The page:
By offering a system of pre-assembled hinges, angular distractors, and other easy-to-manipulate components, the TRUE-LOK® External Fixation System has set the standard for correcting bone deformities in hospitals around the world.

The TL-HEX Brings More Stability and Flexibility

TL-HEX However, as with many things, a good thing often leads to an even better thing. Although TRUE/LOK continues to help kids around the world, a new beginning provided by the TL-HEX offers a much more flexible and stable solution.

David Ross, director of TSRHC Bioengineering and Biomechanics, Mikhail Samchukov, M.D.* and co-director of the TSRHC Center for Excellence in Limb Lengthening and Reconstruction, and Alex Cherkashin, M.D.**, a division director at the center, collaborated to create a device even more effective than the TRUE/LOK.

TL-HEX  fittingAlthough the TL-HEX visually appears quite similar to the TRUE/LOK, it uses six struts, a lightweight aluminum frame, and sophisticated software technology to correct bone deformities.

“Using six struts allows us the capability to lengthen, to rotate and to compress the bone – all at once,” said Samchukov.

Through a system of circular and semi-circular supports, the TL-HEX affixes a patient’s bones by wires and half pins, which are connected by the six struts.  This allows both rapid and gradual ring position, enabling the practicing physician to reposition bone segments with incredible precision and control.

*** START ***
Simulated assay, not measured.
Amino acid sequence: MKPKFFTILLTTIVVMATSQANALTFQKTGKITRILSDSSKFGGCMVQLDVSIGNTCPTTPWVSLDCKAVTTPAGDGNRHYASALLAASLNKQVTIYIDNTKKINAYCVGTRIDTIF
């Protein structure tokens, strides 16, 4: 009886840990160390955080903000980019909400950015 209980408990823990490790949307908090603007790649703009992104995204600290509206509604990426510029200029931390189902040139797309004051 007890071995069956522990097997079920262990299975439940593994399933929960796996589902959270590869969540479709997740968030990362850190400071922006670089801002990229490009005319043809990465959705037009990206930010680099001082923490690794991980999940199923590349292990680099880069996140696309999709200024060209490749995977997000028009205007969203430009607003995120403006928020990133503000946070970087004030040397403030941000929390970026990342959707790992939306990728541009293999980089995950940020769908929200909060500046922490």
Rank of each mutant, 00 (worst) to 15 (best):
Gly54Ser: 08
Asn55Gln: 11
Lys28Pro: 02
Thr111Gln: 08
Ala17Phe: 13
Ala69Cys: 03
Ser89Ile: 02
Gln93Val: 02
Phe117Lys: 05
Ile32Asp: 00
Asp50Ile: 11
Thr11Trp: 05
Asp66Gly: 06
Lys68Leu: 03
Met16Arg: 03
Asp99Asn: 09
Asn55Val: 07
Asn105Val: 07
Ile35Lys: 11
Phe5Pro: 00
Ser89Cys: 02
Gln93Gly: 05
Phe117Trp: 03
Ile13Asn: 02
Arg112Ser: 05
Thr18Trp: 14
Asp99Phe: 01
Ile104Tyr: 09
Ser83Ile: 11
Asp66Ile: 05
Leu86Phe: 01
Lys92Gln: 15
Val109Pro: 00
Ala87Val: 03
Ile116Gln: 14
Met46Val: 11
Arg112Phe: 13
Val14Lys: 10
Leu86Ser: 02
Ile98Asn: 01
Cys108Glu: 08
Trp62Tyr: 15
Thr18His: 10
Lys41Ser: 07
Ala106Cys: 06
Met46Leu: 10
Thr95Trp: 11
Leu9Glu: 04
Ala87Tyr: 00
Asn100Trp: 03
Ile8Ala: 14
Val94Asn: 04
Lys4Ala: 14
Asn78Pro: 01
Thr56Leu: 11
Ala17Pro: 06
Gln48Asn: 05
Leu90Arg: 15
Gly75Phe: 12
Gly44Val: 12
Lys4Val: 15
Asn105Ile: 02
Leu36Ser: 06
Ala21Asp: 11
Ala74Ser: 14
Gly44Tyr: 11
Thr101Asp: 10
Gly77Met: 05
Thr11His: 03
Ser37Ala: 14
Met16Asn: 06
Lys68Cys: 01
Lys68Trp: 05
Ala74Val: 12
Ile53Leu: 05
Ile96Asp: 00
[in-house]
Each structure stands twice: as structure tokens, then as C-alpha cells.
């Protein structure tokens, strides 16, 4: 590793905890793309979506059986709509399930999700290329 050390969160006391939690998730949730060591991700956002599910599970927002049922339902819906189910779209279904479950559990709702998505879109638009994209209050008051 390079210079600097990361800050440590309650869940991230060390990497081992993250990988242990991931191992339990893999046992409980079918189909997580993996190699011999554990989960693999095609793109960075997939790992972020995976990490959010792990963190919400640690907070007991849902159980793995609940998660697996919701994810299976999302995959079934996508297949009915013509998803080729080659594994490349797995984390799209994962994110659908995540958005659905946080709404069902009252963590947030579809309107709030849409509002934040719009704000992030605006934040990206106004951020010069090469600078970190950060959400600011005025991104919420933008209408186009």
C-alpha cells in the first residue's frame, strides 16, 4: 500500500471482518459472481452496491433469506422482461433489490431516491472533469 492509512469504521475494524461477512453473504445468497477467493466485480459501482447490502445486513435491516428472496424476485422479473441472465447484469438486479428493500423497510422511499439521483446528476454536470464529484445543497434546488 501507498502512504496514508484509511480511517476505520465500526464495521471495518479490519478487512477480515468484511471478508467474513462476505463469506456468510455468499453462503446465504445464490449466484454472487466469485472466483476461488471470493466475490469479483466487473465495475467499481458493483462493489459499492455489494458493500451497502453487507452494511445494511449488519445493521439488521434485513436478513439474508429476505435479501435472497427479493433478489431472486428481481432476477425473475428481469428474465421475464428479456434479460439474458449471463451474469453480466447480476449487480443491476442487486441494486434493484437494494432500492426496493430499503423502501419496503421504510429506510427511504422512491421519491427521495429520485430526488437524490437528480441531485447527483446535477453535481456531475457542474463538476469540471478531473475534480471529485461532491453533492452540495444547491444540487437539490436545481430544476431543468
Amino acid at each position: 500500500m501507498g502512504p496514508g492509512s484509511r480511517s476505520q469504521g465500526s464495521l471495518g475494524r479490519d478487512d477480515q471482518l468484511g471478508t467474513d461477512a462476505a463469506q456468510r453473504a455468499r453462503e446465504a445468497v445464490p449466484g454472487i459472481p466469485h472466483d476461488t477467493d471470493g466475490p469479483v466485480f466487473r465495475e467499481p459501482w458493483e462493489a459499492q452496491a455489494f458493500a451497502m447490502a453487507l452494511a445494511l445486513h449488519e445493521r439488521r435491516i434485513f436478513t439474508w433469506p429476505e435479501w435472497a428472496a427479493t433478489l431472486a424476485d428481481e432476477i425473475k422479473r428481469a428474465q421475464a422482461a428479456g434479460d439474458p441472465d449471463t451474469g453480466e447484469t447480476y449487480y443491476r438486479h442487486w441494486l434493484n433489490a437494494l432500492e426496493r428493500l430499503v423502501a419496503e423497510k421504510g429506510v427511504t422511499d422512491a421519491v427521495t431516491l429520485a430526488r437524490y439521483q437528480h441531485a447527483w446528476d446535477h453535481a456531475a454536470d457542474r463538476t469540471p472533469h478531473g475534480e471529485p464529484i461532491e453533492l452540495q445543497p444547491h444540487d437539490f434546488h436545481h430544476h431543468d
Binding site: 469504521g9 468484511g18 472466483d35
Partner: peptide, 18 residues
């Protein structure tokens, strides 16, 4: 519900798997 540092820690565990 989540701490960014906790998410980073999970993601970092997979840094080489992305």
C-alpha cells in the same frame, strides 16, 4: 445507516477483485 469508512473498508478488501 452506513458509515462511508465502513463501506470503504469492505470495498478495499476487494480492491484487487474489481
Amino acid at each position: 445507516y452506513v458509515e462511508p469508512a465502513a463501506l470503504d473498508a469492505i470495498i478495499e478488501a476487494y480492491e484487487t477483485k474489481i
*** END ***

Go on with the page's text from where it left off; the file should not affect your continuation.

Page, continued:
The TL-HEX also maintains full compatibility with the TRUE/LOK system.

A Large Differentiator Between TRUE/LOK and TL-HEX:  Software

One of the greatest differences between the TRUE/LOK and TL-HEX is the software support that comes along with the TL-HEX.  This software shows physicians how to make the following types of precision adjustments:

  • Distraction
  • Angulation
  • Translation
  • Rotation

The device has already been launched internationally, with South Africa playing host to the first surgery taking advantage of the TL-HEX.  Throughout the next year, the device will be launched in several additional international markets.

*Medical degree from Khabarovsk State Medical School, Russia.
**Medical degree from Novosibirsk State Medical School, Russia.